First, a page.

Let’s talk about Systems Thinking.
🤔 Why you should care about it
“Systems thinking is the most universally useful toolkit I’ve found [to solve complex problems]” - Will Larson, CTO at Calm and author of An Elegant Puzzle
Software engineers usually solve software problems by designing software systems. What if you could solve human problems, like developer velocity or onboarding, designing human systems?
Events don’t happen in a vacuum —> many variables can impact a project or organisation, and making changes locally can sometimes have little to no impact globally.
It’s hard to anticipate the impact of a trade-off —> every choice we make has future advantages and disadvantages: the more options, the more complex the modelisation of their future outcomes.
Thinking in systems allows you to deconstruct a problem into interconnected elements to produce a function or purpose. For example, an engineering development process is a system with elements (stocks) such as user stories, pull requests or ready commits. Its interconnections (flows) are the coding rate, the code review rate or the deploy rate. The team's purpose is to release quality features fast into production.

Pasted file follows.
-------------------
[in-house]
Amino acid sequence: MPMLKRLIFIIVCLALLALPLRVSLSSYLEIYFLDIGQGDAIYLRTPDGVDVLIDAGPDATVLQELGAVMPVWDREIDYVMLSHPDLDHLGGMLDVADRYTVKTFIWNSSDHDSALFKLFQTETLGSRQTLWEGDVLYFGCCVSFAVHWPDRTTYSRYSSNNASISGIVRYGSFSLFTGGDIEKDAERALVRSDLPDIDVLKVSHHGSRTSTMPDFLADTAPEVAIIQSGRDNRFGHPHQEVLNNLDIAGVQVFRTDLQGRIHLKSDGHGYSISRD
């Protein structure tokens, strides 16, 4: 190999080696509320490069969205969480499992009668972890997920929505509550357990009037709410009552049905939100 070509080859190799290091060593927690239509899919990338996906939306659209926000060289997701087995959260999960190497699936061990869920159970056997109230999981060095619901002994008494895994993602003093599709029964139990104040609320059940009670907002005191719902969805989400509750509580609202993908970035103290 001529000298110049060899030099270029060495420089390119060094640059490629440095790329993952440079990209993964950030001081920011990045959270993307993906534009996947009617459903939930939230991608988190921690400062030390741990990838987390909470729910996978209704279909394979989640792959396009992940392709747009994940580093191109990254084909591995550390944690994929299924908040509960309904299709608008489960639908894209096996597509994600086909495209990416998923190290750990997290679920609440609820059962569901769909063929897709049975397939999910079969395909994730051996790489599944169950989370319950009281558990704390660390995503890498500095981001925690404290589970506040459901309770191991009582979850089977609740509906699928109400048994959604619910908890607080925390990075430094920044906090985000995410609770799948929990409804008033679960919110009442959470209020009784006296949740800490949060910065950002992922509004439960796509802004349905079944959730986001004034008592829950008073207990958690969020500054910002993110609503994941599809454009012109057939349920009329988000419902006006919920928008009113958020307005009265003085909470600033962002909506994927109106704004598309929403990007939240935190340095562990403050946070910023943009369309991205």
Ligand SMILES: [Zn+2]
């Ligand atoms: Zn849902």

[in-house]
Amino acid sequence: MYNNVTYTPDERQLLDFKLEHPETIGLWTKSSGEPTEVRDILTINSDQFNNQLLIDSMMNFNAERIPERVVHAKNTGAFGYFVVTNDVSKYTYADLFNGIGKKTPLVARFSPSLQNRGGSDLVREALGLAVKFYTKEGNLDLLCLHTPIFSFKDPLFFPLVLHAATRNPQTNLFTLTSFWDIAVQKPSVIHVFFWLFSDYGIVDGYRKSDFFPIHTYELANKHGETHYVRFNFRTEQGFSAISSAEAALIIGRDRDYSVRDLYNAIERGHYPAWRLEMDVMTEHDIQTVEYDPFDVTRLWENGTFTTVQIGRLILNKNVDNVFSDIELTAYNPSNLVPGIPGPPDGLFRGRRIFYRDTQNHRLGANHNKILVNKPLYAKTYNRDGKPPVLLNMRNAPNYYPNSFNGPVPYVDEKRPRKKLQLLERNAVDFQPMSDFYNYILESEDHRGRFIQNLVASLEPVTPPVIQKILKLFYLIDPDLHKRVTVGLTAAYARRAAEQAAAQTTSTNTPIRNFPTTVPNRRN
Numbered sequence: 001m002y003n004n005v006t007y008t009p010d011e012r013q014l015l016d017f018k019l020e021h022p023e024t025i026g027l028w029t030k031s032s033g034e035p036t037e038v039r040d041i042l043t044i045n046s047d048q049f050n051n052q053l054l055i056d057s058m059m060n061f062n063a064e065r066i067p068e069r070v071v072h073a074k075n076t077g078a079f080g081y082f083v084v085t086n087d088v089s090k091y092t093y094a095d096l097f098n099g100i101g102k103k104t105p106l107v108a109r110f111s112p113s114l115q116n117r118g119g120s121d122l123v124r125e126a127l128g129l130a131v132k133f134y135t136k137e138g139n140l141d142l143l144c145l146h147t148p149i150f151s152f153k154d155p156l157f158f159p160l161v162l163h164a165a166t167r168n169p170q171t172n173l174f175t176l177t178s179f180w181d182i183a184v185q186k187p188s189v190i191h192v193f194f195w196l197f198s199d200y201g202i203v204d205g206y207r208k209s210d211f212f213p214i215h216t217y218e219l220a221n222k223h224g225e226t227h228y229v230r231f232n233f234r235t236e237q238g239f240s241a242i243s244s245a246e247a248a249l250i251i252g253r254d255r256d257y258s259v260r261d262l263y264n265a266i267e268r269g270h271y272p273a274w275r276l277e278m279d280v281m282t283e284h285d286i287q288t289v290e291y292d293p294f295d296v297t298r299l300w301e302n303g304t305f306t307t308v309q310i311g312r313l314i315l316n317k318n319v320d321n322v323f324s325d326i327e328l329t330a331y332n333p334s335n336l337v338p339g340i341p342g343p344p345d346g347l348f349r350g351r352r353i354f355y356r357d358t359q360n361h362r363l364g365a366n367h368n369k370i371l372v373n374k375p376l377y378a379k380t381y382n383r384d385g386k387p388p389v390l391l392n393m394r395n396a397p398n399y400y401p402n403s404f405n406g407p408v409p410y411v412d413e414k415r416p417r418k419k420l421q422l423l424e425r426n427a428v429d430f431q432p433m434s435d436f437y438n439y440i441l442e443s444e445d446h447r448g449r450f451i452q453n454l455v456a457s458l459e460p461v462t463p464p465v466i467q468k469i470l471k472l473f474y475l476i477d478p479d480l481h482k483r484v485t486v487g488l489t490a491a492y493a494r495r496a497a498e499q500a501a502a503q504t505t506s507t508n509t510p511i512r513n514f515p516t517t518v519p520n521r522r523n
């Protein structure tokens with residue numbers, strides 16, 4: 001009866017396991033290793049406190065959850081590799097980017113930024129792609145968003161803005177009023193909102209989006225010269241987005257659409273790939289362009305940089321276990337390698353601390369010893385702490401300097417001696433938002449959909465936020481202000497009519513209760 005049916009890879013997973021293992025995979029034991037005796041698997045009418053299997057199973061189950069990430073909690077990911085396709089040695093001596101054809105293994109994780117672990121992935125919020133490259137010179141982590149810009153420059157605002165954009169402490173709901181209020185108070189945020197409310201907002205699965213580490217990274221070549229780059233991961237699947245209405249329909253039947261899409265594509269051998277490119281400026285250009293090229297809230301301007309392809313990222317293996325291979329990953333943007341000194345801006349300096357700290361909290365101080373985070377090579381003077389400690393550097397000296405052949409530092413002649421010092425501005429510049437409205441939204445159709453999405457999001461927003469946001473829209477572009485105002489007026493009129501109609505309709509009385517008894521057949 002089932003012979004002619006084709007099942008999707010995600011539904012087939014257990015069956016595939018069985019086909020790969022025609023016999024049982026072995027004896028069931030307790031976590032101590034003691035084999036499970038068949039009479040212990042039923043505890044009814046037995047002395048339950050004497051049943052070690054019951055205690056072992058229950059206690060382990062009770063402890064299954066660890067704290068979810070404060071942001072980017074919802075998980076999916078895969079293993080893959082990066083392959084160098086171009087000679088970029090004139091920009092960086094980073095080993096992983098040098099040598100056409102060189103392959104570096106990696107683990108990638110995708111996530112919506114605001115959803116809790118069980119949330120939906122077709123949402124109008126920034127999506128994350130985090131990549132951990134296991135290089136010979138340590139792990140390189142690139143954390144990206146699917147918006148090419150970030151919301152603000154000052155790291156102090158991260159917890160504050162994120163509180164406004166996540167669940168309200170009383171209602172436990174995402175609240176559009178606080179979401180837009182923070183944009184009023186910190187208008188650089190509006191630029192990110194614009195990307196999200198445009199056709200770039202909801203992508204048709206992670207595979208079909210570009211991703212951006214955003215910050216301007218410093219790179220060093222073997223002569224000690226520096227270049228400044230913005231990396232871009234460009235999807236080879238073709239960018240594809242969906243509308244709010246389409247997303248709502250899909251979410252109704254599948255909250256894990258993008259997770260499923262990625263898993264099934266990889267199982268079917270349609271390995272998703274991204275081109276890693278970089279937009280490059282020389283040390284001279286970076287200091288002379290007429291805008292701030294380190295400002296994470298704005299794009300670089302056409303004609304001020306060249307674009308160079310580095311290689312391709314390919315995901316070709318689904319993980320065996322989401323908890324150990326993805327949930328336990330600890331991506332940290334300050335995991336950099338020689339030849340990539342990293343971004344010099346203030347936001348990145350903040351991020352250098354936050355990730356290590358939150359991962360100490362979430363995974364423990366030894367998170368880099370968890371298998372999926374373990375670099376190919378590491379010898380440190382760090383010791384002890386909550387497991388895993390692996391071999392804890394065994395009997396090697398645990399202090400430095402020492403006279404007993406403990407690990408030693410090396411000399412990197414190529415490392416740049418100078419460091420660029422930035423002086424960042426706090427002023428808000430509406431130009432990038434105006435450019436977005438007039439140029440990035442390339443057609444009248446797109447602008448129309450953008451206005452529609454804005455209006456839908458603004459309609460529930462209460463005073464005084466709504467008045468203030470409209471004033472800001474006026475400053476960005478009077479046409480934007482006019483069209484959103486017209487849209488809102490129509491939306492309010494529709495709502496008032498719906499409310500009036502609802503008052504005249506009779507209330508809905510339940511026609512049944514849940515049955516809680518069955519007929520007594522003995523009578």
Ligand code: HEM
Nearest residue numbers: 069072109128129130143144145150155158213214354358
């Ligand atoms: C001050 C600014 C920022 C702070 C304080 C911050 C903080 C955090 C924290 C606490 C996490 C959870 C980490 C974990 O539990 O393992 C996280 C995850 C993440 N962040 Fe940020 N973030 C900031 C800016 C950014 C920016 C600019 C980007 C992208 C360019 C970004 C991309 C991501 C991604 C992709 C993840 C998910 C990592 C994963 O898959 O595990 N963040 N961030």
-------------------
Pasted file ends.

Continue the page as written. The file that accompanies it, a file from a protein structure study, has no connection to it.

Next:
💡 Key Concepts
Stocks —> a system stock is an accumulation of material or information built up over time.
Flows —> stocks change over time through the actions of a flow. There can be inflows and outflows. Every flow is a rate, whereas every stock is a quantity.
Limiting factor —> a system variable that causes a noticeable change in output.
Feedback loop —> feedback occurs when outputs of a system are routed back as inputs as part of a chain of cause-and-effect
”My organisation is too complex to be represented with simple stocks and flows.”
—> The map is not the territory. When using systems thinking, you can accept some simplification as long as it serves the problem you’re trying to solve.
“Systems disconnect you from reality.”
—> When your model and reality conflict, the reality is always right. It’s easy to fall for your model, but you should always consider real-world results to adapt the model (instead of looking for results to comfort your model).
“Systems thinking doesn’t take into account human beings.”
—> A model represents a system independently of the human beings who are part of its elements. When considering changing a variable or adding elements, you have to factor in human beings and act accordingly.